The 50 Greatest Horror Movies of the 1970s
Dead of Night
Verdict: Bob Clark may be worshipped for his stunning seasonal effort, Black Christmas, but Dead of Night is an absolutely amazing film in its own right. It’s about a soldier who passes away, but is resurrected through sheer love and determination from his mother. But when he returns home, he isn’t momma’s boy anymore, he’s something much, much more terrifying. Side-note: the dog scene is absolutely stomach turning and terror inducing!
A young Soldier is killed in the line of duty in Vietnam. That same night, the soldier returns home, brought back by his Mother’s wishes that he “Don’t Die”! Upon his Return, Andy sits in his room, refusing to see his friends or family, venturing out only at night. The Vampiric horror is secondary to the terror that comes from the disintegration of a typical American family.
Verdict: Rivalled only by Halloween as the greatest seasonal horror film, Black Christmas is as humorous as it is frightening. However, the laughs are easily drown by the gruesome realities of a psychopathic murderer hiding in a sorority house where he’s free to pick off pretty young ladies at will. It’s a Christmas must, and it has withstood the test of time, which won’t change anytime in the near future.
It’s time for Christmas break, and the sorority sisters make plans for the holiday, but the strange anonymous phone calls are beginning to put them on edge. When Clare disappears, they contact the police, who don’t express much concern. Meanwhile Jess is planning to get an abortion, but boyfriend Peter is very much against it. The police finally begin to get concerned when a 13-year-old girl is found dead in the park. They set up a wiretap to the sorority house, but will they be in time to prevent a sorority girl attrition problem?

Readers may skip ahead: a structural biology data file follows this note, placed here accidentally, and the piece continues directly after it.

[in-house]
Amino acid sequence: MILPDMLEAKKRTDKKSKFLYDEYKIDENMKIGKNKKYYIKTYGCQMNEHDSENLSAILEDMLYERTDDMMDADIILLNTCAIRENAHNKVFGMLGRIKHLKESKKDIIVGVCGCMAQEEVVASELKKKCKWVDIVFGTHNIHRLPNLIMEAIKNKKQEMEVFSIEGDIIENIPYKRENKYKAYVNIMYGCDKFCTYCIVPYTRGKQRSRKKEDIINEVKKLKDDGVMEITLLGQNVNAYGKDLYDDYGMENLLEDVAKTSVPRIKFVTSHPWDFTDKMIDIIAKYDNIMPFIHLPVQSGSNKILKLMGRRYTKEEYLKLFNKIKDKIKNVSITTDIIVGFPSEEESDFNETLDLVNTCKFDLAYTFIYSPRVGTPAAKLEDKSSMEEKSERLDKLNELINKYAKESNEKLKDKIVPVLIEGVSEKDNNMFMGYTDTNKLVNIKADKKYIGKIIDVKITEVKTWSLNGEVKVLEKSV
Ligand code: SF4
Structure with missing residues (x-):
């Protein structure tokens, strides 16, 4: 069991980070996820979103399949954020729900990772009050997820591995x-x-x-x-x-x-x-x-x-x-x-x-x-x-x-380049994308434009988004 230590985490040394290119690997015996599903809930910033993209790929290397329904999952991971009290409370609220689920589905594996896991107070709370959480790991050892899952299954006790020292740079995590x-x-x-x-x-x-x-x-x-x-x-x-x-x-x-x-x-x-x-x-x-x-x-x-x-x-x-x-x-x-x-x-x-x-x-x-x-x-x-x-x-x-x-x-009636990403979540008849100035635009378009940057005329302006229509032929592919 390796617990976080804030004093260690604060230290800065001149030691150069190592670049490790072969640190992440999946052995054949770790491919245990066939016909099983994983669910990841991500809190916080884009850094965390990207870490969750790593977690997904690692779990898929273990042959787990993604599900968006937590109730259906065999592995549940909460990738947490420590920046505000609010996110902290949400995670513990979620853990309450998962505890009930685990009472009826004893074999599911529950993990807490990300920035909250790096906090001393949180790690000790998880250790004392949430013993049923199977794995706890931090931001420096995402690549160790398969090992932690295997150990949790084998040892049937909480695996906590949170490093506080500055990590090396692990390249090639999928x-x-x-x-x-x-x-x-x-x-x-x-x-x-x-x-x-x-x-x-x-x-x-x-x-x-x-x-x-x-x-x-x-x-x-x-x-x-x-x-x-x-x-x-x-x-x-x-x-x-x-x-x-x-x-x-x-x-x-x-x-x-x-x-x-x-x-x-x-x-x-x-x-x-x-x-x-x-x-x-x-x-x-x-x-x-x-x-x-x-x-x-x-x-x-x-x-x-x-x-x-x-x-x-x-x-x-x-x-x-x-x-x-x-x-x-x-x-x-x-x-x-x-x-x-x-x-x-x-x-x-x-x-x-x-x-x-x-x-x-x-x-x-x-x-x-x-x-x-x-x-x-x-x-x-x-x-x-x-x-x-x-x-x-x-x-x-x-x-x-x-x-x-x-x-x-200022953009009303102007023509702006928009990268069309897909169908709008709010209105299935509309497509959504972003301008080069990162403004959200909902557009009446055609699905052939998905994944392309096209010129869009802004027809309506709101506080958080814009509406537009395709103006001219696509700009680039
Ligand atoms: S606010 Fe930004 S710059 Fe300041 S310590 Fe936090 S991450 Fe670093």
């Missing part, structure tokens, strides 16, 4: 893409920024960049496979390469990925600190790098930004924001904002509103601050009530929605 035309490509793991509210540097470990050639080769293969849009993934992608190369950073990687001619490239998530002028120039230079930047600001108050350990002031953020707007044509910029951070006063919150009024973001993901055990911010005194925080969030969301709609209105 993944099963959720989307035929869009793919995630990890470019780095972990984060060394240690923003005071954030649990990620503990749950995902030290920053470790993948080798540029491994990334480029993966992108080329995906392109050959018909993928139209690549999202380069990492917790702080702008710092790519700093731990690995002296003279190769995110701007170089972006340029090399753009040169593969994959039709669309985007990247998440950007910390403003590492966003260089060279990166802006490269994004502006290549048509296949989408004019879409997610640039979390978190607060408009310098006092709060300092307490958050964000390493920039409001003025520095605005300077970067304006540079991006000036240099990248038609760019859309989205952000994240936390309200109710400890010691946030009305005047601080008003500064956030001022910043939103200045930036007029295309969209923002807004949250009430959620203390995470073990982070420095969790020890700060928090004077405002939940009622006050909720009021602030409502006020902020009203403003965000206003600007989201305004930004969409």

Verdict: The most slept on picture based on the life of Ed Gein, Deranged is surprisingly disturbing, and it all comes down to the unbelievable performance of Roberts Blossom, who creates a constant degree of unease. Don’t sleep on this one, it deserves a look!
A man living in rural Wisconsin takes care of his bed-ridden mother, who is very domineering and teaches him that all women are evil. After she dies he misses her, so a year later he digs her up and takes her home. He learns about taxidermy and begins robbing graves to get materials to patch her up, and inevitably begins looking for fresher sources of materials. Based closely on the true story of Ed Gein.
The Texas Chain Saw Massacre
Verdict: There’s no need to get too in depth with this one. It’s yet another story based on Ed Gein’s life, but it differs from Deranged greatly. We get Leatherface, a flesh-mask wearing murderer with a love for chainsaws and a family that enjoys some good old human flesh. A gritty, almost too-realistic film from the great Tobe Hooper.
En route to visit their grandfather’s grave (which has apparently been ritualistically desecrated), five teenagers drive past a slaughterhouse, pick up (and quickly drop) a sinister hitch-hiker, eat some delicious home-cured meat at a roadside gas station, before ending up at the old family home… where they’re plunged into a never-ending nightmare as they meet a family of cannibals who more than make up in power tools what they lack in social skills…
Verdict: I confess: this film won’t work for everyone. But for those who do dig vintage grindhouse cinema, this is a must-see. It’s about a murderer stalking the drive-in, and while it could be more exploitative (in my mind), it still makes for a very chilling little experience.
Two police detectives try to catch a serial killer who is stalking a rural California drive-in theater, randomly killing people with a sword.
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